LONDON—As consumers continue to manage their budget to figure out how to get access to all the content they want from streaming/video on-demand services, Ampere Analysis sees the AVoD market on the verge of significant growth to help satisfy their needs.
AVoD stands for Advertising supported Video on Demand and are often free services that feature ads mixed in with their content to draw revenue over subscription fees. At the start of 2020, only 3-6% of U.S. households use AVoD services, per Ampere, but the media analyst firm sees a surge on the way.
Examples of AVoD services include Crackle, Roku TV, Tubi, Vudu and Pluto. Roku TV is currently the most popular among U.S. consumers at 6% use. One of the reasons that Ampere believes that these services could see growth this year is because they offer access to older content that more popular streaming services may have lost access to.
Netflix’s catalog used to be largely based off content that was five years old or older—50% in September 2015. But between their focus shifting more toward original content and losing content to other SVoDs, as of September 2019 Netflix’s older content makeup fell to 35%. Many SVoDs are putting similar emphasis on original content.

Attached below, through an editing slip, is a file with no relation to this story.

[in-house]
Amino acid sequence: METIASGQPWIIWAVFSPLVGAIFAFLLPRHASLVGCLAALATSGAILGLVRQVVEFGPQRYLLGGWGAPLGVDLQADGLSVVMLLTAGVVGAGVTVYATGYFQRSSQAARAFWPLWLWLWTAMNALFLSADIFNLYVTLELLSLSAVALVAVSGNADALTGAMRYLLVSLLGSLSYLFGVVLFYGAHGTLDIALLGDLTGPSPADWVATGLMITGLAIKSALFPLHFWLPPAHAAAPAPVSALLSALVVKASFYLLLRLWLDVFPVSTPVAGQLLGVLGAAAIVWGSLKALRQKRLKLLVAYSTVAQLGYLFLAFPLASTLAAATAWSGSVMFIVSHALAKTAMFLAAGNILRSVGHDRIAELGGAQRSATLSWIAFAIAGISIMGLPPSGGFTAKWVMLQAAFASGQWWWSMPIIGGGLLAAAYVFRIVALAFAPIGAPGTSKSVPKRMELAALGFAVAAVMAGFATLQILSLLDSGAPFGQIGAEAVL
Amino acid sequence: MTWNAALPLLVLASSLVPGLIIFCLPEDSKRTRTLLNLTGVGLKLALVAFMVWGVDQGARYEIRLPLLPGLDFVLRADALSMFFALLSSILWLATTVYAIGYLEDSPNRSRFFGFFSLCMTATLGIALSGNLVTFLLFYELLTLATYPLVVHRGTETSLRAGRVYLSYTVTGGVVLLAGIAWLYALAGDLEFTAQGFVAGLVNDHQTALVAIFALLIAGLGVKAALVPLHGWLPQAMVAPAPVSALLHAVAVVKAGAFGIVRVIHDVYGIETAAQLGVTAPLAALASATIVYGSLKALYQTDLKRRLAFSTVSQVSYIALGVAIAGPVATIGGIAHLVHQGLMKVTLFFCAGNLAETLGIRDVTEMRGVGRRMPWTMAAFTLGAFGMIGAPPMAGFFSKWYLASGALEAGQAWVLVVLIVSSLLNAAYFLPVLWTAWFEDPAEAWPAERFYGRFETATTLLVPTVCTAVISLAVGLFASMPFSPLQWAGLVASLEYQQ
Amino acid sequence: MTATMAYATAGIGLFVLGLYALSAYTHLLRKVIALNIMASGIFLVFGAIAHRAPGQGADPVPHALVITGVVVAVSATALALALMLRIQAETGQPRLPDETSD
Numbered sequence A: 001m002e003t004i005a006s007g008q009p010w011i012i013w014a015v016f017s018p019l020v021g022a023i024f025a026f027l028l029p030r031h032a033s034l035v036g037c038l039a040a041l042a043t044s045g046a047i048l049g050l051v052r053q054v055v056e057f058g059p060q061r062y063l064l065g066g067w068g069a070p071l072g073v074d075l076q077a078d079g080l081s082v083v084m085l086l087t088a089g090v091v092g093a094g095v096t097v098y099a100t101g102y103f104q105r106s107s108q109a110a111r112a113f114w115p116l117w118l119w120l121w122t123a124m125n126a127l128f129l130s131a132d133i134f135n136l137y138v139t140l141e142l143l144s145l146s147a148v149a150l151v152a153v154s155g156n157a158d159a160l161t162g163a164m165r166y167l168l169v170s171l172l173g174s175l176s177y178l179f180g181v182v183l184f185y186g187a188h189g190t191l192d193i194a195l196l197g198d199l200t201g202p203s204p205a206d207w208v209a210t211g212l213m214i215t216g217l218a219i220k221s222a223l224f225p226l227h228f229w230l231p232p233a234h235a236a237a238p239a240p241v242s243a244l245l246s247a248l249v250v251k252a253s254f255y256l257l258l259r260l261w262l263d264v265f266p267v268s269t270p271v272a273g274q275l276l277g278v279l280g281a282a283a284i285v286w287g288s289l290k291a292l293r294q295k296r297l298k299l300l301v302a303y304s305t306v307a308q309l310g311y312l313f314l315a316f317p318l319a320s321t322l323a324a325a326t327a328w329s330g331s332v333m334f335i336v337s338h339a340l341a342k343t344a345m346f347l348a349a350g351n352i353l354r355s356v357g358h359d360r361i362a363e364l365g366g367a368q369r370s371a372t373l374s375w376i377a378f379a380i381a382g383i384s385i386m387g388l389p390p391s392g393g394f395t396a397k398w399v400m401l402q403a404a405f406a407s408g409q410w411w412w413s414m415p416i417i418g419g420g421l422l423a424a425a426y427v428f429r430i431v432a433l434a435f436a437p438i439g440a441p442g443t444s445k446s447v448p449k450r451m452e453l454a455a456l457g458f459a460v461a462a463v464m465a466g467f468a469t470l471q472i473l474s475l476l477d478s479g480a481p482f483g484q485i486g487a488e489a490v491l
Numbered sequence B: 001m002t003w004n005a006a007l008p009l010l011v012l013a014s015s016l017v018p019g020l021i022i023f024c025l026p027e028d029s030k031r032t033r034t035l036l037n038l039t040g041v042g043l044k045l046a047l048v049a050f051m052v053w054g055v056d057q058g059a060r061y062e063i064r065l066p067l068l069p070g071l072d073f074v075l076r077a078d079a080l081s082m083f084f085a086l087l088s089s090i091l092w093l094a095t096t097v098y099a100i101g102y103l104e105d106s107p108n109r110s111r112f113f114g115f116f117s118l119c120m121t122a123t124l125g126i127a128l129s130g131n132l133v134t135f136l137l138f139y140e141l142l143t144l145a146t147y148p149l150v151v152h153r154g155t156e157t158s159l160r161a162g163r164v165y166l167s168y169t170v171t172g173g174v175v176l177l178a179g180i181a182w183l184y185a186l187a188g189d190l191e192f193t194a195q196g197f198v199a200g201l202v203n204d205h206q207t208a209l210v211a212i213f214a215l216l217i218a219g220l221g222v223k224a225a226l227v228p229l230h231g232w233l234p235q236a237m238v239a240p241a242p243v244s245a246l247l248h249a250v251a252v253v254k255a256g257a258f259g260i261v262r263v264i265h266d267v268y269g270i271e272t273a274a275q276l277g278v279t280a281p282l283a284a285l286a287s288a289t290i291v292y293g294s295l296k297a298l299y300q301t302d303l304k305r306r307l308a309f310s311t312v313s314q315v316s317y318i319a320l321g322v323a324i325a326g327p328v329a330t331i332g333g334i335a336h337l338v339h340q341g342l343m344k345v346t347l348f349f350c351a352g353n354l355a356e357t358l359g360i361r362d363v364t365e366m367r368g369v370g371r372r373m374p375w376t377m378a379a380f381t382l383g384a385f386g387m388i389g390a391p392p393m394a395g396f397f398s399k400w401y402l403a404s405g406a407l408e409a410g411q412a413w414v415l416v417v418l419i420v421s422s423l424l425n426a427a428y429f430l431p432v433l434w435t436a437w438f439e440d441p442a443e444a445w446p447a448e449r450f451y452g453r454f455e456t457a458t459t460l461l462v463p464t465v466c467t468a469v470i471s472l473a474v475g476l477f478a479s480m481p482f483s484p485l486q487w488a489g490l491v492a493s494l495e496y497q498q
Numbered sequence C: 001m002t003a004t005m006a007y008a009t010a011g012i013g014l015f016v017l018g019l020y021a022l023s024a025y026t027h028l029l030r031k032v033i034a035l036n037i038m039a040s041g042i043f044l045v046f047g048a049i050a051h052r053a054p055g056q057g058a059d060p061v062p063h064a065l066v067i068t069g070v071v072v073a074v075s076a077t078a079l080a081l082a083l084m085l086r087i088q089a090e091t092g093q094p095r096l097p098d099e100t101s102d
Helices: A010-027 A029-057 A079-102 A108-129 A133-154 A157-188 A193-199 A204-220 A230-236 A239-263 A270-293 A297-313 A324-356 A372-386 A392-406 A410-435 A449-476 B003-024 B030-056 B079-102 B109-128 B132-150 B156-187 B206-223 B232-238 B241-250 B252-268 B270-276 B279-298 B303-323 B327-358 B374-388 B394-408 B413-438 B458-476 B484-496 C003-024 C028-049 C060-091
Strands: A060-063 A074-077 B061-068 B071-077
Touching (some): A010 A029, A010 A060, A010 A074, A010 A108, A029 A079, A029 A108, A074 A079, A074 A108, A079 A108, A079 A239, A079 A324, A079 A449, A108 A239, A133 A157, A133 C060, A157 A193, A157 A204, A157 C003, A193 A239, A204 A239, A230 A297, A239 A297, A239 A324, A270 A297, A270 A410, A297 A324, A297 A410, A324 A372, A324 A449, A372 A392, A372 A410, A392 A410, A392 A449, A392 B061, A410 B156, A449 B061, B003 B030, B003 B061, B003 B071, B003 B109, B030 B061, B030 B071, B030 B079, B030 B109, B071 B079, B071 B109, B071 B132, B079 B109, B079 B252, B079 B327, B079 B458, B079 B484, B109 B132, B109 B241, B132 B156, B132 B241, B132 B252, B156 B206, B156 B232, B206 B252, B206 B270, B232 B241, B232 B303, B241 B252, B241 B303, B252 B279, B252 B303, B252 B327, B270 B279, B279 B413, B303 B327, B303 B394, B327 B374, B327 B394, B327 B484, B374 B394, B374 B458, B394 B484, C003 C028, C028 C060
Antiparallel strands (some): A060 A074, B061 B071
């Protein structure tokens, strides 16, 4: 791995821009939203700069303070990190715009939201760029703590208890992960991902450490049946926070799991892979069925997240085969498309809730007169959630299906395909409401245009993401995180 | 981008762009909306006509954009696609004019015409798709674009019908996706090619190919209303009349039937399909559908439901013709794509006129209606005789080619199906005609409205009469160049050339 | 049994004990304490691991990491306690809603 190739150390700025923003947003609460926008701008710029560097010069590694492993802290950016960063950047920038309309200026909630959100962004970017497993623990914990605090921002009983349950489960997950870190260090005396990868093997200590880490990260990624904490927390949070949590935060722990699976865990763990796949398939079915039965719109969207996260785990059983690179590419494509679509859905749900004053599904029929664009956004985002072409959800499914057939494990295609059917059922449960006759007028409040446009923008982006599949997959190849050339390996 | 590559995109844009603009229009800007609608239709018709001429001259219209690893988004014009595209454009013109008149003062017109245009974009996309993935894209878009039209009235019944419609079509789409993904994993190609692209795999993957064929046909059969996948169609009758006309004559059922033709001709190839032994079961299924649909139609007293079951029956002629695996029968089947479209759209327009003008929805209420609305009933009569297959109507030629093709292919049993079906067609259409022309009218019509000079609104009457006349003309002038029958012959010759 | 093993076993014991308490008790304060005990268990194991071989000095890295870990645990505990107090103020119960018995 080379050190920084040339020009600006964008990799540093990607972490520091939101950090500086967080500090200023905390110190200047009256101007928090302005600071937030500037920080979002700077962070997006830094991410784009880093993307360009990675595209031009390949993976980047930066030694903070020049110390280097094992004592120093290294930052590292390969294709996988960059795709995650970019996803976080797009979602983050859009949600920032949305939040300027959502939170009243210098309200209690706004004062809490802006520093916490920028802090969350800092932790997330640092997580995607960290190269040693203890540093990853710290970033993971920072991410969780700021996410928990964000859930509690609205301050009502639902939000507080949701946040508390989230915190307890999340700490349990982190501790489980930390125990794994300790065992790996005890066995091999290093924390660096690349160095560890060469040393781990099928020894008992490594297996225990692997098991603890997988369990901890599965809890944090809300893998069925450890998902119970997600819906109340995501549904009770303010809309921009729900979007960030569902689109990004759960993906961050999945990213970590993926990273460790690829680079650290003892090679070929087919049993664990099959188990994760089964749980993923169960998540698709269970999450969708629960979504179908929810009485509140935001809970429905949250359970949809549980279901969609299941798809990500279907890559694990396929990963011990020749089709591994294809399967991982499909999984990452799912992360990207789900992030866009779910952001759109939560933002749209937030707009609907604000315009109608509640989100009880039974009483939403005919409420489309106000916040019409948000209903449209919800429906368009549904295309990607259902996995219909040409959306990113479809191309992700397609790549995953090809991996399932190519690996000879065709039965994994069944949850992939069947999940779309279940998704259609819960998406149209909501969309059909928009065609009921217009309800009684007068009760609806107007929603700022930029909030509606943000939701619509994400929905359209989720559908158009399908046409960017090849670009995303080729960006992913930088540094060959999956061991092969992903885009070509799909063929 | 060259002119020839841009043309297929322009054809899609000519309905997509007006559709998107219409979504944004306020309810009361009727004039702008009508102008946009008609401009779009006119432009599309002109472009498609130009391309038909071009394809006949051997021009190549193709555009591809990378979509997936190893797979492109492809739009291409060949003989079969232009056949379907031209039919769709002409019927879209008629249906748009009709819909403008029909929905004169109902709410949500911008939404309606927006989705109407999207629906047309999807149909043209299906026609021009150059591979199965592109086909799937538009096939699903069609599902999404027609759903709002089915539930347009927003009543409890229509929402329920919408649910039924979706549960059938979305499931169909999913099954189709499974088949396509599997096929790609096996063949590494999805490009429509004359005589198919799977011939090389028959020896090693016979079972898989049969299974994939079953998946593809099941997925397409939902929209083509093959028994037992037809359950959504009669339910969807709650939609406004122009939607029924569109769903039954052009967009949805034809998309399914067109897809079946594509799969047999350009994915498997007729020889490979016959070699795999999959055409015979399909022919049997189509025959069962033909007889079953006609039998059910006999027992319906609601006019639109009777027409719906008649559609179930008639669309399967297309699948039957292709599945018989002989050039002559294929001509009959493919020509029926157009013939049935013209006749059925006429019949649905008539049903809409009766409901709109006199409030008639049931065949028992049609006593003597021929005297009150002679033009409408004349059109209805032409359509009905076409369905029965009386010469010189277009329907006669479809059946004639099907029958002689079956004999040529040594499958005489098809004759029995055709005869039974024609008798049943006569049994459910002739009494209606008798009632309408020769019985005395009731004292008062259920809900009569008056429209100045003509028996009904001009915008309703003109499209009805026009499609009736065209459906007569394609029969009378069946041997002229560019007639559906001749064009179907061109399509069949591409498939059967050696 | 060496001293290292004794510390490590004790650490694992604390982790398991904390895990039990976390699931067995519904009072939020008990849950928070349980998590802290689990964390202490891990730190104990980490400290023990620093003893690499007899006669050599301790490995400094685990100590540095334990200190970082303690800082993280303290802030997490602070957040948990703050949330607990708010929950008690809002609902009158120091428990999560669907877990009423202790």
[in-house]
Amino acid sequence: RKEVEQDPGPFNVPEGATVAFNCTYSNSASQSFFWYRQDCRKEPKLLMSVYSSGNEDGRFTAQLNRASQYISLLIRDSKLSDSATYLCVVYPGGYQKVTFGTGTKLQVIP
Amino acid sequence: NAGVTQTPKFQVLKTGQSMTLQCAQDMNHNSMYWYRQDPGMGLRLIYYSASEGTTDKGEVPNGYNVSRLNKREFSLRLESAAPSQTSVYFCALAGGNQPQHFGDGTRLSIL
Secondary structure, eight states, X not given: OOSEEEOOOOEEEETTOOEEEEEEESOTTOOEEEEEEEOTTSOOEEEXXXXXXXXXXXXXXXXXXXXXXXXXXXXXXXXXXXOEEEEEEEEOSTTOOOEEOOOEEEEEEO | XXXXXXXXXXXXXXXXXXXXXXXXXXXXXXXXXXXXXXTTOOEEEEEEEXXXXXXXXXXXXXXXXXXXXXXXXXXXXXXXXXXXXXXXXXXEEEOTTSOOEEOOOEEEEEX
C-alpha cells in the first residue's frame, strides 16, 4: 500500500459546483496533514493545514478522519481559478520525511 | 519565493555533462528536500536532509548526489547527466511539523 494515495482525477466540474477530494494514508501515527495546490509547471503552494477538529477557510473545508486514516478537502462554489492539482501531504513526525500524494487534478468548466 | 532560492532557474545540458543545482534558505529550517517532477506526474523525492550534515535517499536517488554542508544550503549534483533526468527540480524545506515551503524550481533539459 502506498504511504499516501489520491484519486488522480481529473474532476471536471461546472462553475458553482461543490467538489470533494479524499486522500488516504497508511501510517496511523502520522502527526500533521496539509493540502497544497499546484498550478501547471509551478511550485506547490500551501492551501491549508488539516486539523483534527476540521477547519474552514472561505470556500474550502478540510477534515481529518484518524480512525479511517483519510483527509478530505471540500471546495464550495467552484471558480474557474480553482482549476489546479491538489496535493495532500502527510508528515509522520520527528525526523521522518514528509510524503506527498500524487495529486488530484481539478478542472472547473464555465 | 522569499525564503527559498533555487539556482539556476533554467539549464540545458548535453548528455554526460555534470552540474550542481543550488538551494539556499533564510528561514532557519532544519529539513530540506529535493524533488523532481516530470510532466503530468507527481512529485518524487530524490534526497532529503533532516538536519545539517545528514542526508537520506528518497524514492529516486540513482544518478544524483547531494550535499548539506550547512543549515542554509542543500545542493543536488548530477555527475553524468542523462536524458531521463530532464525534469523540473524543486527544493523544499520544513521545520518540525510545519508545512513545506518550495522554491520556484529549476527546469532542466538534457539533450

AVoDs meanwhile are primarily using older content to stock their catalogs. Between Roku TV, Crackle, Vudu and Tubi, an average of 80% of their catalogs are content that is five years or older.
Ampere believes that as AVoD services continue to grow, advertisers spending for online video advertising will also see a spike. This will be helped by major players like Disney’s Hulu and NBCUniversal’s Peacock offering AVoD models in addition to SVoDs.
“AVoD is coming, and it’s going to make its mark on the Video on Demand landscape rapidly,” said Guy Bisson, director at Ampere. “It’s impact will be felt not just by the entertainment industry, but by advertising too as the shift that has already disrupted the subscription television market sweeps across the free-to-air sector.”
Bisson would go on to say that while AVoD services are following the proven path of using older content to build an interest, as they grow they may also begin to offer newer and even original content like some of their SVoD peers.
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